SALT LAKE CITY — Utah is home to more than 100 residential treatment facilities for youth who are trying to improve their lives. And while the state takes care of some of its own kids, the facilities are drawing thousands of troubled youth from other states.
And with those youth comes hundreds of millions of dollars to Utah's economy.
"Parents prefer Utah as a treatment venue," said Brent Hall, director at the Provo-based Discovery Academy and president of the Utah Chapter of the National Association of Therapeutic Schools and Programs. He said Utah laws "allow parents to be treated as parents and kids to be treated as kids."
He's referring to the legal age of majority for medical care. In Utah, a child becomes an "adult" at age 18 and is, therefore, able to accept or deny any treatment.
"Utah is also seen as the edge of the Earth," Hall said, tongue in cheek. The state, he said, has a "rural backdrop, where it is believed kids won't get into much trouble."
And, perhaps unrivaled, he said, is the staff, who mostly come from family friendly upbringings that profoundly influence mentoring styles.
Utah, which has more than triple the national average in the number of programs available, has been offering residential treatment programs to troubled kids since the early 1970s. It has decades of experience and refinement, even though the industry is ever changing to keep up with maturing generations and the myriad issues kids face.
"Utah is the epicenter for this kind of treatment," said Jenney Wilder, founder of All Kinds of Therapy, a comprehensive online database of youth therapeutic intervention programs throughout the country. She has experience referring kids to and counseling families on programs and is now based in Salt Lake City, helping people find their way through a confusing and often intimidating industry.
"It's an industry no one really knows about until they have to know about it and have a kid in crisis," she said. "It's a scary topic to talk about."
Wilder said the Beehive State has "figured out how to regulate this." And because the cost of living is relatively low, starting and managing a program is inexpensive, compared to other parts of the country.
"There is definitely a market here," said Heather Barnum, spokeswoman for the Utah Department of Human Services, which licenses 116 private residential youth treatment centers and 11 outdoor treatment programs throughout the state. She said Utah's laws are "accommodating" for programs, though they must adhere to standards and regulations set by Utah lawmakers.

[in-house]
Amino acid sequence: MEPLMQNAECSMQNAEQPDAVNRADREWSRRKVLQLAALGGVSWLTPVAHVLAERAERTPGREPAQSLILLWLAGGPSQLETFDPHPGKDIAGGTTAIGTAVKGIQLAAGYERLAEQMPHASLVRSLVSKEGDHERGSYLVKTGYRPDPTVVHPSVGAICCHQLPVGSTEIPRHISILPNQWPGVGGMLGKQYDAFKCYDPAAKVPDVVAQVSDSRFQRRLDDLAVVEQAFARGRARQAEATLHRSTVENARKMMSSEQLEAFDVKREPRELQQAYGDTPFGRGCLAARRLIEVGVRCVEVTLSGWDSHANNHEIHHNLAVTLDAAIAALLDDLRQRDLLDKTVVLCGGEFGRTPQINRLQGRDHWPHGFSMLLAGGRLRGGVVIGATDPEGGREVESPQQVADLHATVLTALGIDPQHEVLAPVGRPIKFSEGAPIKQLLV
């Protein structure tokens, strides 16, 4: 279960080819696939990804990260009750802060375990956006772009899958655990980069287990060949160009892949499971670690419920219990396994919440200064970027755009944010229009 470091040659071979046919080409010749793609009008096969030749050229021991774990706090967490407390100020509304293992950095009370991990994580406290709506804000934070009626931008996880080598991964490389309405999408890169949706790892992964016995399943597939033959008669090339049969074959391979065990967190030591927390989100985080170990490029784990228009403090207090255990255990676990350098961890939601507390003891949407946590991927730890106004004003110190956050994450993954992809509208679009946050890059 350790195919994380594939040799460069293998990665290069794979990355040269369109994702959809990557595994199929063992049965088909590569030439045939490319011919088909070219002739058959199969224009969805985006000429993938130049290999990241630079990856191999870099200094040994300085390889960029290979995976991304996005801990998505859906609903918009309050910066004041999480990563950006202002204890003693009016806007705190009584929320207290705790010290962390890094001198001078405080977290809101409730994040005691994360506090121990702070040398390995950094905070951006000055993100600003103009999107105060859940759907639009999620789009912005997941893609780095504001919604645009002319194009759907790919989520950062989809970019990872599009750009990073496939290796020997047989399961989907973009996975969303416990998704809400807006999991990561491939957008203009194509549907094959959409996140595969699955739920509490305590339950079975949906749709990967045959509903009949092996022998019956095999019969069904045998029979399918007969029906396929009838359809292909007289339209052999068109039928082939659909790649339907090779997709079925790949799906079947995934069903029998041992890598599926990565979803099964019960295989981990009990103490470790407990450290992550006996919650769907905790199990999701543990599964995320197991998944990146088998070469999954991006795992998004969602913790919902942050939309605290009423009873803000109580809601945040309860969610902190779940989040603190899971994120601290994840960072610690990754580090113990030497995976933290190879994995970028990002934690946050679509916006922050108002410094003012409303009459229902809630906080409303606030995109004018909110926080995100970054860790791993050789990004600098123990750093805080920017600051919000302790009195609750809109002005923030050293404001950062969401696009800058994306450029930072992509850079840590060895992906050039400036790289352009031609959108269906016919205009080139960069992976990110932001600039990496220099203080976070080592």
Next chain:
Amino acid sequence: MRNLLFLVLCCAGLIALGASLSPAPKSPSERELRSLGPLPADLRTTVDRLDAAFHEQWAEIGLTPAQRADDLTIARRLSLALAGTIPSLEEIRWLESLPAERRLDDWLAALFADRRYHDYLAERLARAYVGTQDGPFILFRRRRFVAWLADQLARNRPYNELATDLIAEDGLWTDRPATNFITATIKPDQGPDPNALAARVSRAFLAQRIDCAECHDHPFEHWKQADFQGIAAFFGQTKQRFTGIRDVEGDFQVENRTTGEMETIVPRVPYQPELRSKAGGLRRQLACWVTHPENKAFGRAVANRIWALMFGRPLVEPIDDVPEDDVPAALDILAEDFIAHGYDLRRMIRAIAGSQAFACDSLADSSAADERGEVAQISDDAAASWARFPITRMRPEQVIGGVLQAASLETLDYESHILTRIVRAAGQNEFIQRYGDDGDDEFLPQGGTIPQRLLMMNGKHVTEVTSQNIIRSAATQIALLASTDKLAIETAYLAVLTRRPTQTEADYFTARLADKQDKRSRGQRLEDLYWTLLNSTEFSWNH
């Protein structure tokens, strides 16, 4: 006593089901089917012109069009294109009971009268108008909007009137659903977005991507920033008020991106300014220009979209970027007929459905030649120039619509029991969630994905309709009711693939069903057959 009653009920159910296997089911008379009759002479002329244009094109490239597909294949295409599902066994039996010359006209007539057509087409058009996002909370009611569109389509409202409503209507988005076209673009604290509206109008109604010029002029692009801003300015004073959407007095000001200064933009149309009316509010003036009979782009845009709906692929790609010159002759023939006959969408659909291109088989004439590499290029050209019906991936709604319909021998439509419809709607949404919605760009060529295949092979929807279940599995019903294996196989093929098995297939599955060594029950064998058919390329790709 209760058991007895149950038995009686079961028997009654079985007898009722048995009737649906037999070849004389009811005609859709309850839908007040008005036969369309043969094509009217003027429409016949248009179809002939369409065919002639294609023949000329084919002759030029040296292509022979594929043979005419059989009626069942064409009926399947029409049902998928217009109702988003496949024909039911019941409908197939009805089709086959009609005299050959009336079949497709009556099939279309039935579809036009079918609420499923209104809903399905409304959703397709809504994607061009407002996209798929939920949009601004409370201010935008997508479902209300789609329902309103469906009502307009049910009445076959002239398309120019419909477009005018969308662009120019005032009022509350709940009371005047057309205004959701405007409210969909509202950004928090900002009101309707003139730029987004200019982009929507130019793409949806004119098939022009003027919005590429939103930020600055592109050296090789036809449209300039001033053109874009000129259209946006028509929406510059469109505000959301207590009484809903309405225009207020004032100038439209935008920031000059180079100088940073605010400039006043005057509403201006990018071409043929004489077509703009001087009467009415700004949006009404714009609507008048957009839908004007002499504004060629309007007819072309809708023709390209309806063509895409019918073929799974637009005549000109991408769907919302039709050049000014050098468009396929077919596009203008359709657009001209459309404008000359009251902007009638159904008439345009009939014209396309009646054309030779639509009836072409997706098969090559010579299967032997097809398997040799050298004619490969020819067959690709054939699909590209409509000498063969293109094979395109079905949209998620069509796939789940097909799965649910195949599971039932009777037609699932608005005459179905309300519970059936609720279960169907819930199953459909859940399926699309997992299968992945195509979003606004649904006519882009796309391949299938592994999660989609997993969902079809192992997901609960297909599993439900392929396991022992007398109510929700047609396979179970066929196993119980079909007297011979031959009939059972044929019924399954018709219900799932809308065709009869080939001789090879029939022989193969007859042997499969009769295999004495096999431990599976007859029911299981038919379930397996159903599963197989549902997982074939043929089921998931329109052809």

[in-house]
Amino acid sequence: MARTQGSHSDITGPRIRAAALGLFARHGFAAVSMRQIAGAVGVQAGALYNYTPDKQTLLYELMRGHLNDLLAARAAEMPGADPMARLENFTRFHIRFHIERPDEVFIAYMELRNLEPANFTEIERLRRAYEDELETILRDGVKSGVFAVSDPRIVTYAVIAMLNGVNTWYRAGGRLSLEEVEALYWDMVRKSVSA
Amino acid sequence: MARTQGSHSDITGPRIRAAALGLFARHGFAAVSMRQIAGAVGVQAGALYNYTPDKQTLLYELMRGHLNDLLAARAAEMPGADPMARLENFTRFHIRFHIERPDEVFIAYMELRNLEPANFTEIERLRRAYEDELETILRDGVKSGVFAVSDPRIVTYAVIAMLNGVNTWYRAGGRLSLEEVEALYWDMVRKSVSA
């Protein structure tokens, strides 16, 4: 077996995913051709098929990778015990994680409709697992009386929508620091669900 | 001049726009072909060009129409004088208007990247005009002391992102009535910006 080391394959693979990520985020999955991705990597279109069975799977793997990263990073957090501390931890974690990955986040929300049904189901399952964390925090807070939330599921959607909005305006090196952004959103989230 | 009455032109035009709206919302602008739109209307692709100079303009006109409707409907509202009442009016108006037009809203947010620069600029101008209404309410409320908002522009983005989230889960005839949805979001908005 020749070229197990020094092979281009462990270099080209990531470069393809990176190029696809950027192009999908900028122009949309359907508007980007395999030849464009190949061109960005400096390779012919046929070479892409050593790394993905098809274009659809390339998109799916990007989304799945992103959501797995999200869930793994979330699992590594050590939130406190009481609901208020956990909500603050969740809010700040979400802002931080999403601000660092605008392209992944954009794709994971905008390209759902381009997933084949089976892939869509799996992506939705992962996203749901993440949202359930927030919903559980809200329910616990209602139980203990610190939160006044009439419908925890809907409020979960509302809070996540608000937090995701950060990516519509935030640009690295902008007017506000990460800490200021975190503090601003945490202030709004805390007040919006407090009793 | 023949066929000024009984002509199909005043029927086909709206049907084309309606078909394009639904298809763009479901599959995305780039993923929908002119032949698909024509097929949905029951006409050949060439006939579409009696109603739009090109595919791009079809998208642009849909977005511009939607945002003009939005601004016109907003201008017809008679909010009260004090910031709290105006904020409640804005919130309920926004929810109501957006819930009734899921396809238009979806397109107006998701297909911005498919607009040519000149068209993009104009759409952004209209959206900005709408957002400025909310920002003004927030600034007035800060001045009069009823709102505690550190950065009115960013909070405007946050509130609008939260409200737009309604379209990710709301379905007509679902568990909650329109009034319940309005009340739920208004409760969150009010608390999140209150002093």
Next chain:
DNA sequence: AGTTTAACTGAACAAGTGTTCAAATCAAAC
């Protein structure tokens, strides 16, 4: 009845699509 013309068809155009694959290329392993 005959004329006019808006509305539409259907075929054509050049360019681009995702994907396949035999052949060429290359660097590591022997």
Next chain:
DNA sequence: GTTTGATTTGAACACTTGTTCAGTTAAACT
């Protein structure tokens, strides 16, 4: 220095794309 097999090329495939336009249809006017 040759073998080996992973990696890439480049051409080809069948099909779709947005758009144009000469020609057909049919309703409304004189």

Wilder believes Utah lawmakers, state agencies and others involved in adapting programs over the years should pat themselves on the back, because what they're doing has positioned the state well.
The revenue brought into the state by these programs is significant, according to an independent economic impact study released in May by the University of Utah's Kem C. Gardner Policy Institute. The group surveyed 59 of the Family Choice Behavior Healthcare Interventions industry programs across the state, finding that they provide 6,400 jobs, $269 million in earnings, $423 million in state gross domestic product and $22 million in state and local tax revenue.
"That's impressive. It's a big deal," Wilder said, adding that "the integrated health care that's happening at these programs is incredibly hard to create in a public environment."
Programs are held to a ratio of one staff member to every four students, facilities must be up to code and offer necessary space for various activities and functions and food services are tightly monitored, ensuring clients have access to nutritious meals. Tuition, which isn't typically covered by insurance, can run up to $500 a day for wilderness programs and up to $30,000 a month for residential treatment, including medical, therapeutic and educational services.
"When it works, it works so well," Wilder said. "Every minute of every day is scheduled. These kids work hard and are exhausted."
When it doesn't work, programs are required by state law to report mishaps and retool to get back on track, with corrective action where necessary, including license suspension or revocation in some cases and issuance of Notices of Agency Action. Thanks to a law passed in Utah earlier this year, such offenses and/or reports are searchable online. Though Barnum said none have been issued since the law took effect in May.
Actions taken prior to the law's passage, however, she said, can be requested through the Utah Department of Human Services.